| Quote #1
Mr. Shimerda made grandmother sit down on the only chair and pointed his wife to a stool beside her. Standing before them with his hand on Ántonia's shoulder, he talked in a low tone, and his daughter translated. He wanted us to know that they were not beggars in the old country; he made good wages, and his family were respected there. (1.10.24)
Mr. Shimerda's character is distinct in that he maintains his pride with regard to social standing. This passage explains why it has been so difficult for him to move to America. We get the sense that social standing is considerably more important to him than it is to, say, Ántonia.
| Quote #2
There never were such people as the Shimerdas for wanting to give away everything they had. Even the mother was always offering me things, though I knew she expected substantial presents in return. We stood there in friendly silence, while the feeble minstrel sheltered in Ántonia's hair went on with its scratchy chirp. The old man's smile, as he listened, was so full of sadness, of pity for things, that I never afterward forgot it. (1.6.14)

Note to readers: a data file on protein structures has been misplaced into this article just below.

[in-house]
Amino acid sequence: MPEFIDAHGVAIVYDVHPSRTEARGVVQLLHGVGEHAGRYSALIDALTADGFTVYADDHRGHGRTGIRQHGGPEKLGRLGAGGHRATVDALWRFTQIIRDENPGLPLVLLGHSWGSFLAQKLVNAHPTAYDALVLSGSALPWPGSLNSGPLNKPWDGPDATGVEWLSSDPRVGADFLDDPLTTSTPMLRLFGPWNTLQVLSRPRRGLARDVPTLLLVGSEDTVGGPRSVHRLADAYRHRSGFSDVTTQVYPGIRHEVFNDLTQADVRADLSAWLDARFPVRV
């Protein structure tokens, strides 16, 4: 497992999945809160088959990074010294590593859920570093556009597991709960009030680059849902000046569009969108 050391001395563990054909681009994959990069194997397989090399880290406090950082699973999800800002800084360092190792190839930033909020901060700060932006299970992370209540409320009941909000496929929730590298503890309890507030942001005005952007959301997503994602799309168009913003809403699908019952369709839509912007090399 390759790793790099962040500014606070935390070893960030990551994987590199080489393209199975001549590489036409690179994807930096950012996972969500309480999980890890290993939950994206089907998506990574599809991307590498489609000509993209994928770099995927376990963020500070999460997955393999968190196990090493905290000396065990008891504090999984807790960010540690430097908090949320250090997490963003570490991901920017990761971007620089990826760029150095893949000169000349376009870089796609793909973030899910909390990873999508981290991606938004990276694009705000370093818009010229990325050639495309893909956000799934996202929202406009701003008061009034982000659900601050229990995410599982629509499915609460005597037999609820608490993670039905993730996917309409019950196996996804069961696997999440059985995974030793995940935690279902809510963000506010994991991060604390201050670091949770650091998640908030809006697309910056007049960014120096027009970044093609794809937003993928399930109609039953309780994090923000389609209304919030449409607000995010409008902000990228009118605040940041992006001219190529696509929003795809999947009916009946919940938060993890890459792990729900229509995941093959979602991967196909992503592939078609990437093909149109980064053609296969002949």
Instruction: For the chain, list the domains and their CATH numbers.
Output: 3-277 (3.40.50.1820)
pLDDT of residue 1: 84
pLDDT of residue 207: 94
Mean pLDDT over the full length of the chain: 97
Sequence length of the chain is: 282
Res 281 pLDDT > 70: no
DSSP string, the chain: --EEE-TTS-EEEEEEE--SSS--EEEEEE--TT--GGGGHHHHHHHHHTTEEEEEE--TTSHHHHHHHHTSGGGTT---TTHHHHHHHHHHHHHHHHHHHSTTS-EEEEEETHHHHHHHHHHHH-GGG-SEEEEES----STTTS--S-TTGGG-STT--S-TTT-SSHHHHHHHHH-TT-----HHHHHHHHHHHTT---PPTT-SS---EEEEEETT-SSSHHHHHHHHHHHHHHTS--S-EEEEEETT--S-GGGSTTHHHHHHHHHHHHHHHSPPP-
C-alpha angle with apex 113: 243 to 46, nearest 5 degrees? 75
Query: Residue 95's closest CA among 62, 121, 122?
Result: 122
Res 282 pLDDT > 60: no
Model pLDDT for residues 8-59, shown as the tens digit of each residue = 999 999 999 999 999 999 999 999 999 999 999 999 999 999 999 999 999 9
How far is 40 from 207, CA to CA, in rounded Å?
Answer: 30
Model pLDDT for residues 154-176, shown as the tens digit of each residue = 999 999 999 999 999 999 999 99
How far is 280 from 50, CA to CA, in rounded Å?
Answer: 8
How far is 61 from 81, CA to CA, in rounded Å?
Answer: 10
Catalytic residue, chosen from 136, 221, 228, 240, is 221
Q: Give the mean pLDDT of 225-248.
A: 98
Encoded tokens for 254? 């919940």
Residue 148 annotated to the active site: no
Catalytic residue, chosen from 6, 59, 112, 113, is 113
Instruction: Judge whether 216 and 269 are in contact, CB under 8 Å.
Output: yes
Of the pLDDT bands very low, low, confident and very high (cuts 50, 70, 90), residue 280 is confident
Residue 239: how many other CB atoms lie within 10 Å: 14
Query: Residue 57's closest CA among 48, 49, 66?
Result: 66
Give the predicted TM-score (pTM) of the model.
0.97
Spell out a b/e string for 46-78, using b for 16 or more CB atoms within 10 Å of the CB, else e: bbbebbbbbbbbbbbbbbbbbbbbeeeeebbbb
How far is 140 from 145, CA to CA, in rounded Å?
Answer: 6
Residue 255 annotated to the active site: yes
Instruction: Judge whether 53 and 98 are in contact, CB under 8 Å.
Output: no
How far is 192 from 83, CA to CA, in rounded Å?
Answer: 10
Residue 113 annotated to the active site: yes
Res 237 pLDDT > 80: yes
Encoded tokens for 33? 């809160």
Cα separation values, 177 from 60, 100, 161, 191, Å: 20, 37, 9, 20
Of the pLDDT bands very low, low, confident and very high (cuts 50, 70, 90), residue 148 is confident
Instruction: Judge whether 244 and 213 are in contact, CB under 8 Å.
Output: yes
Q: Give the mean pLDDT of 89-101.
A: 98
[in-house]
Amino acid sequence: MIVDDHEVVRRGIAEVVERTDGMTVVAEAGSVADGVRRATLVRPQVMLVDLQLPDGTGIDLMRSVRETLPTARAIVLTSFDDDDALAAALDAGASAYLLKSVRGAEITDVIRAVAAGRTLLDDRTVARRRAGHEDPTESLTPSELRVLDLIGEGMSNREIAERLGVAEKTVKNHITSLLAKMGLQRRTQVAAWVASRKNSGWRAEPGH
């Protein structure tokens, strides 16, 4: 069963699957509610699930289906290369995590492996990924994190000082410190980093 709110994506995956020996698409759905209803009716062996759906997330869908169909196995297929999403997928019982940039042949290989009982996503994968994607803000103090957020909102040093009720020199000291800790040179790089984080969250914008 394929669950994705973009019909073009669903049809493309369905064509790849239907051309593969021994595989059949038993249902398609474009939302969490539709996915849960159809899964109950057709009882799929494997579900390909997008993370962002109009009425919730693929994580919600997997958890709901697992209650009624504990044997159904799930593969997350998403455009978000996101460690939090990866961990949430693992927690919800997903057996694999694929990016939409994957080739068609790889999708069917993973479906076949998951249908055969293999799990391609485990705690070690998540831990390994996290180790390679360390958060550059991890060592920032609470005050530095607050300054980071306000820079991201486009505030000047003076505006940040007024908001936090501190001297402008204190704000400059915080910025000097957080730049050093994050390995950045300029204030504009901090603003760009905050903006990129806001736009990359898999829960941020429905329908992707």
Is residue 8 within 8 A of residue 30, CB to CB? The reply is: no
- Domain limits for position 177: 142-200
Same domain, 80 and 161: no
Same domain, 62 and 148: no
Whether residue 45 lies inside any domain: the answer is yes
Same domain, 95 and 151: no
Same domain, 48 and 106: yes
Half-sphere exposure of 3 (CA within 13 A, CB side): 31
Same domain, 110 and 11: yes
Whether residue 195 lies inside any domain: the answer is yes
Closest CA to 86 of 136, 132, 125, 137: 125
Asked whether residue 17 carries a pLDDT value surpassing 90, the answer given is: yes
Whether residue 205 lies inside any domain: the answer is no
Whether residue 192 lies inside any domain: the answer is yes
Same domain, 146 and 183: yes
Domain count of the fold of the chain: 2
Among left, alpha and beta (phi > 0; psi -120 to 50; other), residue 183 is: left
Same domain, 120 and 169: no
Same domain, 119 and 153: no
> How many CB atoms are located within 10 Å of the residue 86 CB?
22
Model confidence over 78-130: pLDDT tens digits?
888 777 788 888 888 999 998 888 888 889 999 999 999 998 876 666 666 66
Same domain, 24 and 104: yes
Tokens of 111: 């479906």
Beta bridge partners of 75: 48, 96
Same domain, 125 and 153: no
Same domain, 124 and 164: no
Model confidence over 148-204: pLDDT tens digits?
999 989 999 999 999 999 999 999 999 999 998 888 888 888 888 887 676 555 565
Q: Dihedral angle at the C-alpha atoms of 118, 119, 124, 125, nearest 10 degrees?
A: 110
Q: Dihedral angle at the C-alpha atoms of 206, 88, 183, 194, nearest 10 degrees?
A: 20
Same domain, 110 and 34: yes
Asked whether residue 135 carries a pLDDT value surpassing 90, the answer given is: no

Jim is unconcerned with the social status of the Shimerdas for most of the early part of this novel. This may be because he is too young to start thinking about it, or because it's just not as relevant out in the farms as it is in town.
| Quote #3
Next to getting warm and keeping warm, dinner and supper were the most interesting things we had to think about. Our lives centered around warmth and food and the return of the men at nightfall. (1.9.9)
Look at how different Jim's life is in the country as compared to in the town. The early parts of the novel are marked by the simplicity of the farm days, while the chapters which take place in town are made more interesting by the social complications between the farm people and the merchant families.